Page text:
Previous Section Back to Table of Contents Lords Hansard Home Page


"Learning from Success" Conferences

Lord Shutt of Greetland asked Her Majesty's Government:

The Minister of State, Department for Education and Employment (Baroness Blackstone): The "Learning from Success" conferences offered ministers and officials the chance to listen to the views of head

6 Nov 2000 : Column WA135

teachers from just over 1,500 schools. It was the most extensive interactive consultation exercise ever carried out with head teachers.

One of the most innovative aspects of the conferences was the use of keypad technology to involve every delegate, thereby giving them the opportunity instantly to register their views on a range of issues. Responses to questions were immediately displayed to the audience and the range of opinion explored.

6 Nov 2000 : Column WA136

At each day of the conferences delegates were asked the question, "Do you feel your efforts to raise standards are sufficiently supported by: (a) Parents? (b) Your governing body? (c) The media? (d) The LEA? (e) The Government? (f) Teacher Unions?" Answers to this question were recorded using keypad technology and the possible responses were "yes" or "no". For each of the five conference venues the percentage of delegates saying "yes" in answer to each of the six parts of the above question were as follows:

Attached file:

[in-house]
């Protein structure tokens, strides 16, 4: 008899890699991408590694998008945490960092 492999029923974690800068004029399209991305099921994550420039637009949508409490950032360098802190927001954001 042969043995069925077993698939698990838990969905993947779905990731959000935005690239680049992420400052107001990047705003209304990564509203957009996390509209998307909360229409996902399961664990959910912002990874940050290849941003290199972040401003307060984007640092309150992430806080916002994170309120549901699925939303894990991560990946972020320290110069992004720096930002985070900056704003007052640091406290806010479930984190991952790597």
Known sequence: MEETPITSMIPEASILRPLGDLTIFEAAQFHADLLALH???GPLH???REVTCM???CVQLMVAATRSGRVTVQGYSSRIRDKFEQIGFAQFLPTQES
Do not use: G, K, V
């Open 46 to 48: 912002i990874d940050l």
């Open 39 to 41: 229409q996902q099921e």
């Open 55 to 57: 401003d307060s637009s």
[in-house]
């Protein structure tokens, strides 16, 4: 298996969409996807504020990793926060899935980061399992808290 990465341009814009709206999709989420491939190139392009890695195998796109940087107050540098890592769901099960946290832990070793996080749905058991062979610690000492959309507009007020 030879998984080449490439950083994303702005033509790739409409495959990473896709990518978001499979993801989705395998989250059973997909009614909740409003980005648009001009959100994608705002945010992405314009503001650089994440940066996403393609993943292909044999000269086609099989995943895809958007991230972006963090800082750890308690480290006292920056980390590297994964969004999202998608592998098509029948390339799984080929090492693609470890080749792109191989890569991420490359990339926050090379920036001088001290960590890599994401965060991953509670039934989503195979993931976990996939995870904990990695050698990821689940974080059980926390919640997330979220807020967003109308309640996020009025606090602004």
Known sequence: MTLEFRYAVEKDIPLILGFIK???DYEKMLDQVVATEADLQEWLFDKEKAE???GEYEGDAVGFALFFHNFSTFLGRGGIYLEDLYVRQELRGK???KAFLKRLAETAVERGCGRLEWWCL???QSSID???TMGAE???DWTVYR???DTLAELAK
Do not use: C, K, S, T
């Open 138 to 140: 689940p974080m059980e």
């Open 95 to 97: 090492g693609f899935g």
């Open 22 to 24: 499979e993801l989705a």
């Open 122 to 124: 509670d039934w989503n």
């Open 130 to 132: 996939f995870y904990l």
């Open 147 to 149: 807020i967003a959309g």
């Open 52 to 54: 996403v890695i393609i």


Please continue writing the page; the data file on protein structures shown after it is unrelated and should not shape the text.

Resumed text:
6 Nov 2000 : Column WA135

LondonManchesterNottinghamBirminghamNewcastleOverall
Parents54%53%49%45%51%50%
Your governing bodyNot asked78%75%77%73%76%
The media1%2%4%2%2%2%
The LEA60%61%58%53%51%56%
The Government46%50%41%45%24%41%
Teacher Unions28%20%21%19%24%23%

6 Nov 2000 : Column WA135

Further details of both the keypad analysis and the outcomes of the conferences can be found on the Learning from Success area of the Internet Standards Site. The site's web address is http://www.standards.dfee.gov.uk/learningfromsuccess.

Baroness Sharp of Guildford asked Her Majesty's Government:

    In the case of each "Learning from Success" conference held in September, what was the date on which it was held; what was the venue; the cost; and the number of persons attending; and what proportion of attendees were head teachers.[HL4302]